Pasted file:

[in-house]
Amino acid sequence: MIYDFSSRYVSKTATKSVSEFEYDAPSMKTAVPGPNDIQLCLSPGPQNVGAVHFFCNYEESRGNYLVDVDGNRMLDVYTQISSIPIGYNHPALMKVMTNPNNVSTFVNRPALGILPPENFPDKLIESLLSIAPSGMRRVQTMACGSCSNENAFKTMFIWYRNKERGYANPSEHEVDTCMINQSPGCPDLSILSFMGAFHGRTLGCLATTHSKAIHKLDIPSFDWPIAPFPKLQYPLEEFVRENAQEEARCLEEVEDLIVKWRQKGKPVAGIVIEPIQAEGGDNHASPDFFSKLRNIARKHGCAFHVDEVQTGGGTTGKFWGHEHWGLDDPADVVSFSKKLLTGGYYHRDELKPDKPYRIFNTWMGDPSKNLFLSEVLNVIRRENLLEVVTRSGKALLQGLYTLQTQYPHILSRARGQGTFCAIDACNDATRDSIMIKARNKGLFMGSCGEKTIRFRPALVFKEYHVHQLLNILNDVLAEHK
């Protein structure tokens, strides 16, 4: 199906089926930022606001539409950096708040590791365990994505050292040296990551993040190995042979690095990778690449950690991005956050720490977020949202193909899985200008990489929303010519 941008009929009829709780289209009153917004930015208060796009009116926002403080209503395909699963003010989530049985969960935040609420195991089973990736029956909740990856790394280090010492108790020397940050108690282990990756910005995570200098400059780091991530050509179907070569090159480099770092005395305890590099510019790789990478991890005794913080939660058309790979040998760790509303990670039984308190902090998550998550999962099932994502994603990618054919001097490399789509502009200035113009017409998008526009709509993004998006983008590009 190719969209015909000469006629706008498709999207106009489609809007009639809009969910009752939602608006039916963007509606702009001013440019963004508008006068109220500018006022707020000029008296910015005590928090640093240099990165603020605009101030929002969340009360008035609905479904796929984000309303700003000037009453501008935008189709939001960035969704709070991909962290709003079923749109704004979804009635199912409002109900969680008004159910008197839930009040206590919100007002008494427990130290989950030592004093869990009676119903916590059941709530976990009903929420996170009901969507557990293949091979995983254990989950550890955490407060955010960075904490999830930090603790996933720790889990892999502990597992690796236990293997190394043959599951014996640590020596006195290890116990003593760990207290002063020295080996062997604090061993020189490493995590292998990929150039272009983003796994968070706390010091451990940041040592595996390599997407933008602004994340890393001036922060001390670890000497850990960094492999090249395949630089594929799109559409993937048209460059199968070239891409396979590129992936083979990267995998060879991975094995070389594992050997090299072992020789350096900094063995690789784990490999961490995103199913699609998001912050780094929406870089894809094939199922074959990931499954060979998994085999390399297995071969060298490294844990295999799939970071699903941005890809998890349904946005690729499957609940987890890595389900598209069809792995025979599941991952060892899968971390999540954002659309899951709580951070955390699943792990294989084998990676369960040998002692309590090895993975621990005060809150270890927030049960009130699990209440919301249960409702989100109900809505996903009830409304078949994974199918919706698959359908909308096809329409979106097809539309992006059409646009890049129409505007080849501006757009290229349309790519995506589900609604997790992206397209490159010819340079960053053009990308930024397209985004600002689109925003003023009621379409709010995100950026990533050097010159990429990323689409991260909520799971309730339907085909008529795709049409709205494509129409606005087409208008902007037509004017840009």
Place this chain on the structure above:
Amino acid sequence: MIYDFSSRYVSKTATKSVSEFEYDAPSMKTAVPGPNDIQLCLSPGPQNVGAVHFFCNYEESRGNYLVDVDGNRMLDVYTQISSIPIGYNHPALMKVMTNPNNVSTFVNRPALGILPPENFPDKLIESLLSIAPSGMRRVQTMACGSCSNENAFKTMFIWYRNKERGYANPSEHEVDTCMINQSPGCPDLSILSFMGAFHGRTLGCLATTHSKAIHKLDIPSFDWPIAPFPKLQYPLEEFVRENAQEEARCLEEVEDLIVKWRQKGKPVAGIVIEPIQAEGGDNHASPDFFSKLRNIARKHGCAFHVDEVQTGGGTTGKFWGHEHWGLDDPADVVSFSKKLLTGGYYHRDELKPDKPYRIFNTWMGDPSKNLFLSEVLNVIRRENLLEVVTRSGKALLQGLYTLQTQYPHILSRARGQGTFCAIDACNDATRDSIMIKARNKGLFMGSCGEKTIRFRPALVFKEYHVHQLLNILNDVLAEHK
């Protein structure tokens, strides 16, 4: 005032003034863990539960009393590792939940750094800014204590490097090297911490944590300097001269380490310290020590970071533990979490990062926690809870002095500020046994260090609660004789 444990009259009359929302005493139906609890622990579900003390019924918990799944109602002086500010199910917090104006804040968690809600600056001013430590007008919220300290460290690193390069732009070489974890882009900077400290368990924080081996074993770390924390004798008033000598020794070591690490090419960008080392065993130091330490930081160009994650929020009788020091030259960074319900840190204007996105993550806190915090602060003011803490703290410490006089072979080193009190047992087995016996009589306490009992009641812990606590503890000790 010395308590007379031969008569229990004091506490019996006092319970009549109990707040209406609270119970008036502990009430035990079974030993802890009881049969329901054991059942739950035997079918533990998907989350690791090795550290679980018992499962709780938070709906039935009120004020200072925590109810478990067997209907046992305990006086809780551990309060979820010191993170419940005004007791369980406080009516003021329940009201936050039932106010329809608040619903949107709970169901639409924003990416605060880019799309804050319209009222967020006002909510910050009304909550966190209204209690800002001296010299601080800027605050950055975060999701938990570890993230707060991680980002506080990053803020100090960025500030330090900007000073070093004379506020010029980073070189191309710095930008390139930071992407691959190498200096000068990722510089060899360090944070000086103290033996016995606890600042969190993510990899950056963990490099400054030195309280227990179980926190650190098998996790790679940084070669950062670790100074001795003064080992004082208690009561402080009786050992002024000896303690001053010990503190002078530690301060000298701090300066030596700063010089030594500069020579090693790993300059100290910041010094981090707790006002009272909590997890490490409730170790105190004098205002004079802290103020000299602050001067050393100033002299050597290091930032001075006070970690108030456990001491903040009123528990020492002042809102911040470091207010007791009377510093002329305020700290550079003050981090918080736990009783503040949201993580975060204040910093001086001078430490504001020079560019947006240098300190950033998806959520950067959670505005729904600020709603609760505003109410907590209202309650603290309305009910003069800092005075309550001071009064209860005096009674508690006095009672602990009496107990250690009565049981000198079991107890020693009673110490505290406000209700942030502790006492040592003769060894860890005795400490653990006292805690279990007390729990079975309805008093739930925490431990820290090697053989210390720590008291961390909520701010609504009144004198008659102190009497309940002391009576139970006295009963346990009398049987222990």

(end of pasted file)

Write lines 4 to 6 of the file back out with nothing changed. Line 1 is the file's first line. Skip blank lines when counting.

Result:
Place this chain on the structure above:
Amino acid sequence: MIYDFSSRYVSKTATKSVSEFEYDAPSMKTAVPGPNDIQLCLSPGPQNVGAVHFFCNYEESRGNYLVDVDGNRMLDVYTQISSIPIGYNHPALMKVMTNPNNVSTFVNRPALGILPPENFPDKLIESLLSIAPSGMRRVQTMACGSCSNENAFKTMFIWYRNKERGYANPSEHEVDTCMINQSPGCPDLSILSFMGAFHGRTLGCLATTHSKAIHKLDIPSFDWPIAPFPKLQYPLEEFVRENAQEEARCLEEVEDLIVKWRQKGKPVAGIVIEPIQAEGGDNHASPDFFSKLRNIARKHGCAFHVDEVQTGGGTTGKFWGHEHWGLDDPADVVSFSKKLLTGGYYHRDELKPDKPYRIFNTWMGDPSKNLFLSEVLNVIRRENLLEVVTRSGKALLQGLYTLQTQYPHILSRARGQGTFCAIDACNDATRDSIMIKARNKGLFMGSCGEKTIRFRPALVFKEYHVHQLLNILNDVLAEHK
């Protein structure tokens, strides 16, 4: 005032003034863990539960009393590792939940750094800014204590490097090297911490944590300097001269380490310290020590970071533990979490990062926690809870002095500020046994260090609660004789 444990009259009359929302005493139906609890622990579900003390019924918990799944109602002086500010199910917090104006804040968690809600600056001013430590007008919220300290460290690193390069732009070489974890882009900077400290368990924080081996074993770390924390004798008033000598020794070591690490090419960008080392065993130091330490930081160009994650929020009788020091030259960074319900840190204007996105993550806190915090602060003011803490703290410490006089072979080193009190047992087995016996009589306490009992009641812990606590503890000790 010395308590007379031969008569229990004091506490019996006092319970009549109990707040209406609270119970008036502990009430035990079974030993802890009881049969329901054991059942739950035997079918533990998907989350690791090795550290679980018992499962709780938070709906039935009120004020200072925590109810478990067997209907046992305990006086809780551990309060979820010191993170419940005004007791369980406080009516003021329940009201936050039932106010329809608040619903949107709970169901639409924003990416605060880019799309804050319209009222967020006002909510910050009304909550966190209204209690800002001296010299601080800027605050950055975060999701938990570890993230707060991680980002506080990053803020100090960025500030330090900007000073070093004379506020010029980073070189191309710095930008390139930071992407691959190498200096000068990722510089060899360090944070000086103290033996016995606890600042969190993510990899950056963990490099400054030195309280227990179980926190650190098998996790790679940084070669950062670790100074001795003064080992004082208690009561402080009786050992002024000896303690001053010990503190002078530690301060000298701090300066030596700063010089030594500069020579090693790993300059100290910041010094981090707790006002009272909590997890490490409730170790105190004098205002004079802290103020000299602050001067050393100033002299050597290091930032001075006070970690108030456990001491903040009123528990020492002042809102911040470091207010007791009377510093002329305020700290550079003050981090918080736990009783503040949201993580975060204040910093001086001078430490504001020079560019947006240098300190950033998806959520950067959670505005729904600020709603609760505003109410907590209202309650603290309305009910003069800092005075309550001071009064209860005096009674508690006095009672602990009496107990250690009565049981000198079991107890020693009673110490505290406000209700942030502790006492040592003769060894860890005795400490653990006292805690279990007390729990079975309805008093739930925490431990820290090697053989210390720590008291961390909520701010609504009144004198008659102190009497309940002391009576139970006295009963346990009398049987222990």